National councils of national minorities are a very important instrument in providing rights for national minorities. The councils have the legal framework and the possibility to create and implement the cultural policy of national minorities – they have a wide range of rights (especially in culture) – from founding their cultural and media institutions and transferring founding rights for existing ones, over creation of the National Strategy in Culture and financing activities, to announcing schools, public monuments, works of art as significant for their culture, and participating in the National Council for Education and the National Council for Culture. However many of these rights are not actively used by most Councils (there are 20 councils in general, but only those of larger minorities e.g. Hungarian have the capacity to exercise their rights).

Another issue of national councils of national minorities is that they are often used for other political interests, not always related to minorities. Namely, most of leaders are also proclaimed members of political parties who have disproportionally more power than any citizen of a minority that wants to take part in the Council. In this way, the national councils are just another way for political parties to gain the attention of their voters (both minority parties and others) and use minority media and funds for their parties' interest.

Elections for national councils are an area in which these problems are most visible. The first elections for the national councils of national minorities took place on 6 June 2010, and again in 2014. Unfortunately there have been serious problems and tensions since the creation of the National Bosnian Minority Council in Serbia, as during elections for the Council many political parties and the Islamic community had supported different groups. The National Bosnian Minority Council in Serbia is still not recognised by the government and by some of the political parties of the Bosnian minority that participated in the elections. There were initiatives for the new elections, but they were not held because a compromise between the two sides could not be reached. The divisions are the most intense in Sandzak and the city of Novi Pazar, the municipality in southern Serbia, where the majority of Bosnians (of Muslim religion) live. This situation is still unresolved, creating tensions between some of the officials of the Government of the Republic of Serbia and the leader of one of the two existing Islamic communities in Serbia, Muamer Zukorlić, but also creating strong polarisation inside the Bosniac Muslim community in Serbia (those who are for the religious authority from Sarajevo, and those who want that religious authority is Islamic centre based in Serbia). There is a strong diplomatic initiative of the Ministry of Foreign Affairs of the Republic of Turkey to resolve these tensions, in cooperation with the Government of the Republic of Serbia and the Islamic communities from Bosnia and Herzegovina and Serbia, to unite the Islamic community of Serbia, stop the tensions inside the community and between the community and the government, and discontinue the interference between religion and politics. In 2012, Muamer Zukorlić, leader of one of the Islamic communities in Serbia, was a presidential candidate in the presidential elections in Republic of Serbia, drawing 1.1% of all the votes at national level. This was the first time that a religious leader in the Republic of Serbia nominated himself for the position of the President of the Republic, which Zukorlić explained as a test of tolerance for Serbia.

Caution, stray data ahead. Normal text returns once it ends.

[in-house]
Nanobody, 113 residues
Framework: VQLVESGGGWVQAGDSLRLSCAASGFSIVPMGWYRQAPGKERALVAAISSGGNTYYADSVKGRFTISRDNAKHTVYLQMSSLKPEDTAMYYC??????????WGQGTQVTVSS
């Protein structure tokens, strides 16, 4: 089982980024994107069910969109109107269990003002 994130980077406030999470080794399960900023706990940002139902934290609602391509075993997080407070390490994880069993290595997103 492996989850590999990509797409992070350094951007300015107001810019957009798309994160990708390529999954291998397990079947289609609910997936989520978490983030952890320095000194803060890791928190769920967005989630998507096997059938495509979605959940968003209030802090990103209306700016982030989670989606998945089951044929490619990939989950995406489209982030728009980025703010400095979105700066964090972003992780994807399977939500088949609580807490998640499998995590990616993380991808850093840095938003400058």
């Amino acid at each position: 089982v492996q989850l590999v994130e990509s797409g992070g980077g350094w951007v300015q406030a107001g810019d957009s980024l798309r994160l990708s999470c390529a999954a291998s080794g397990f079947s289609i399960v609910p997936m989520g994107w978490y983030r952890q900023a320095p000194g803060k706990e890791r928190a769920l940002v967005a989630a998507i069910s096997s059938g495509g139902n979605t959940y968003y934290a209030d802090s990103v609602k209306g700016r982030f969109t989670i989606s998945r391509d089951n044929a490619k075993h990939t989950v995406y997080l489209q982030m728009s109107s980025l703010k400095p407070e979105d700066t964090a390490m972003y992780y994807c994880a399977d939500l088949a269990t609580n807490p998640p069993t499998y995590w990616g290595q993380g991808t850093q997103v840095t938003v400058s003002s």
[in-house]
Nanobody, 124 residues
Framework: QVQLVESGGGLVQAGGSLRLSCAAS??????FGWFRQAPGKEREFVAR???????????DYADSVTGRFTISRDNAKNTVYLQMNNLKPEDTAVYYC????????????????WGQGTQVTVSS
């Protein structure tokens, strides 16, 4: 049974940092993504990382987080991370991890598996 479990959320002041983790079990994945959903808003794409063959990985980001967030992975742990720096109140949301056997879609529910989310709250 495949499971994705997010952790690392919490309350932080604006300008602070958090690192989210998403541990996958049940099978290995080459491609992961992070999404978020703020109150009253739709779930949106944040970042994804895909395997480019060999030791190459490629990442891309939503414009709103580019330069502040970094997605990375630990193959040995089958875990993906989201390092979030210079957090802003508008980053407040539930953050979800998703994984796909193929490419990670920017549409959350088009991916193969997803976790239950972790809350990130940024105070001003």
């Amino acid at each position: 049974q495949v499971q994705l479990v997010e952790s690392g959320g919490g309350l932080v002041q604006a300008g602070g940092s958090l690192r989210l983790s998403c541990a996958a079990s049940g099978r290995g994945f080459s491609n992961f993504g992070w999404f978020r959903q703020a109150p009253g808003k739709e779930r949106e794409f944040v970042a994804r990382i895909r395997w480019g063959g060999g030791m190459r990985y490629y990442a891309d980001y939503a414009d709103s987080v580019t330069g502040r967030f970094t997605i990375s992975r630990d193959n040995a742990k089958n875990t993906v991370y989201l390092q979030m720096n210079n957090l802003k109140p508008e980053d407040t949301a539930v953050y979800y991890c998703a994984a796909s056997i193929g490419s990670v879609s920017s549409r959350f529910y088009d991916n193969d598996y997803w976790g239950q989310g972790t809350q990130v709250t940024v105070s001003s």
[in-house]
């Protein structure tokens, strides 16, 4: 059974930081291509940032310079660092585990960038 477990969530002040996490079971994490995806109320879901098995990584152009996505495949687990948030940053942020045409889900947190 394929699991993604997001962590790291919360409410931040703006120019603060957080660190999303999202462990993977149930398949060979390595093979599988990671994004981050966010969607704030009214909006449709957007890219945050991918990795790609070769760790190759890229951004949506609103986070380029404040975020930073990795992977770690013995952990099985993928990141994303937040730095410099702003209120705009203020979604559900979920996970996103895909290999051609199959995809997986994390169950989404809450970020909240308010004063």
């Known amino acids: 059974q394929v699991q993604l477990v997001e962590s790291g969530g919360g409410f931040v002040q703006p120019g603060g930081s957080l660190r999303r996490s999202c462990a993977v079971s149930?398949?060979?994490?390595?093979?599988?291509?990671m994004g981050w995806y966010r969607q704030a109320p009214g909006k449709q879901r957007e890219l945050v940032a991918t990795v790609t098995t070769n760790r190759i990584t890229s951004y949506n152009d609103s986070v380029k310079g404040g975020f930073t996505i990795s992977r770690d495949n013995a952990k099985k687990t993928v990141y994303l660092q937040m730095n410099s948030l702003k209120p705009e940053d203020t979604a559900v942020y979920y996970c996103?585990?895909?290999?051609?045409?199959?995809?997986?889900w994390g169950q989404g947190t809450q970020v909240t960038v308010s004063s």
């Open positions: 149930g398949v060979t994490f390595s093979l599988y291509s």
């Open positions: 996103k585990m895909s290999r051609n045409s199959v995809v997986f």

Chapter published: 17-08-2015